Q. Okay ․ then she said what do you want to do, and you said sex, correct?
A. Yes, sir.
Q. And she said, I thought you wanted a hand job, correct?
A. Correct, sir.
Q. And she asked you, you want sex. Then what happened?
A. After she goes I thought you wanted a hand job, I tried to get her price for a hand job.
A. And I never got the price for a hand job.
Q. You asked her for a price for the hand job?
A. Yes. And then the conversation went back to sex.
A. And I asked how much do you charge for sex. And at that time, she said, are you serious, and I said yes. And then she said oh, it will be $200. So I confirmed $200 for sex, and she replied yes.
Q. Okay. Did you agree to it?
A. I agreed to it, yeah.
Q. How did you agree to it?
A. I said okay-I-when I confirmed-
Q. What did you say?
A. I said oh, okay. I-
Q. I'm not interested in conclusions.
A. Something to the effect of oh, okay.
Q. When she said $200?
A. For sex, yes.
The trial judge also asked Officer Tallion about his testimony concerning the January 9, 2002, prostitution charge, including the following questions:
Q. And you testified-now, I'm very confused. You said $200-that the words $200 “for everything,” in quote, means, from your experience, fellatio, as well as sex.
A. Fellatio, and sex, yes, sir.
Q. Was the fellatio in the agreement-in the offer-alleged offer and acceptance on January 8th?
A. No, sir.
Q. Just sex.
A. Yes, sir.
Q. So fellatio is just a fringe benefit.
A. In other investigations, other hostesses, streetwalkers, use “everything” as both.
Q. Okay. Did Miss-did the defendant mention “everything”?
A. When I asked is it still $200 for “everything”, she said yes.
Q. So that would include fellatio.
A. if she knows it to be that.
C. The Defense Case
The defense called Kim, who testified that she was a bartender at the bar that employed Pegouskie. Kim denied ever telling Officer Tallion that Pegouskie “was going to do you.”
Pegouskie testified in her own defense. She stated that she worked as a hostess at the bar and that Officer Tallion sat with her and bought her drinks on six or seven occasions. Pegouskie testified that she never said anything to Officer Tallion that would lead him to think that she agreed to have sex with him.
The trial judge briefly questioned Pegouskie after the parties completed their examination. The judge's examination included the following:
Q. ․ [Y]ou know what the words “for everything” mean?
A. I know what “everything” means.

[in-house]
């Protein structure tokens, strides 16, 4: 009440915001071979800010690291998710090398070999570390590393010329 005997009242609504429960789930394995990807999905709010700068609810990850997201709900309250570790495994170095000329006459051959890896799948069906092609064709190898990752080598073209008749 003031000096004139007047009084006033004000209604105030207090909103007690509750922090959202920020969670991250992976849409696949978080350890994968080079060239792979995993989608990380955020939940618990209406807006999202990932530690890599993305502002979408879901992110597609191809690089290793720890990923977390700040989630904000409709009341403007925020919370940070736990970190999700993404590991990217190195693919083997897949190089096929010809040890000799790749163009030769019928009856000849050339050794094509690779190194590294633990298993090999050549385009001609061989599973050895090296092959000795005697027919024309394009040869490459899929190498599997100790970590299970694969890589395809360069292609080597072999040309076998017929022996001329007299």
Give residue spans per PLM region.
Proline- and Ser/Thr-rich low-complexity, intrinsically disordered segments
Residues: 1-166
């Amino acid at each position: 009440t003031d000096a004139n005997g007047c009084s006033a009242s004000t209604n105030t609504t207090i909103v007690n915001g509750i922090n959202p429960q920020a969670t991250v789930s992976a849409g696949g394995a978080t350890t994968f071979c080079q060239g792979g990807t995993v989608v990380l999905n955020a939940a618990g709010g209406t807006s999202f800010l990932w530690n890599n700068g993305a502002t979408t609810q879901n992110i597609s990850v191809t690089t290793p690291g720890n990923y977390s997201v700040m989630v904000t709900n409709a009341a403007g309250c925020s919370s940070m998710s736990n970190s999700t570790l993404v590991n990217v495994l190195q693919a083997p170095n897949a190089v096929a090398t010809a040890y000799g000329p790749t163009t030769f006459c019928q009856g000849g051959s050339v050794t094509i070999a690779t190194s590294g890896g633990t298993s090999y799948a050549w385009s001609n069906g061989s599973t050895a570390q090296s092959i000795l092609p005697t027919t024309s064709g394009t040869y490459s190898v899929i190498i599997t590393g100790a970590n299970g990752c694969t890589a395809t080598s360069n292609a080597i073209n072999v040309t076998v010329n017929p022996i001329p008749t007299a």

Q. The term “for everything”, what does it mean?
A. You mean from their?
Q. What does it mean to you?
A. Depends on what you talking about everything.
Q. So if he said $200 “for everything”, what does “for everything” mean to you? Do you know?
A. Not really.
D. The Trial Judge's Decision
After the close of the evidence, the trial judge convicted Pegouskie of the January 8, 2002, prostitution charge, finding that Pegouskie had agreed to have sex for a fee. The judge acquitted Pegouskie of the January 9, 2002, charge, finding that the government failed to establish a meeting of the minds necessary for a contract or agreement. The judge noted that on January 9th, the phrase “for everything,” as opposed to the term “sex,” was used. The judge determined that while in Officer Tallion's mind “for everything” meant fellatio plus sex, “in [Pegouskie's] mind, she didn't know what it mean[t].”
A. The Trial Judge's Factual Findings Were Not Clearly Erroneous and There Was Substantial Evidence to Support the Judge's Guilty Verdict.
Pegouskie was convicted of prostitution under HRS § 712-1200, which provides in relevant part that “[a] person commits the offense of prostitution if the person engages in, or agrees or offers to engage in, sexual conduct with another person for a fee.” Prior to announcing his verdicts, the trial judge made oral factual findings, including the following findings relevant to the January 8, 2002, charge:
And then [Pegouskie] said, what would you want to do. And [Officer Tallion] said sex. And she said, I thought you wanted a hand job. And he said he changed his mind. Said do you want sex. He said yes. Agreed on a consideration of $200. And he said he confirmed this. There was agreement, in his eyes.
The judge found Pegouskie guilty of the January 8, 2002, charge because there was “an agreement [to engage in sexual conduct], and the consideration was for a fee.”
On appeal, Pegouskie claims that the trial judge's factual findings that she asked Officer Tallion if he wanted sex and that they agreed on a fee of $200 were clearly erroneous. She also claims that there was insufficient evidence to support her conviction. We review a trial court's factual findings under the clearly erroneous standard of review. Dan v. State, 76 Hawai‘i 423, 428, 879 P.2d 528, 533 (1994).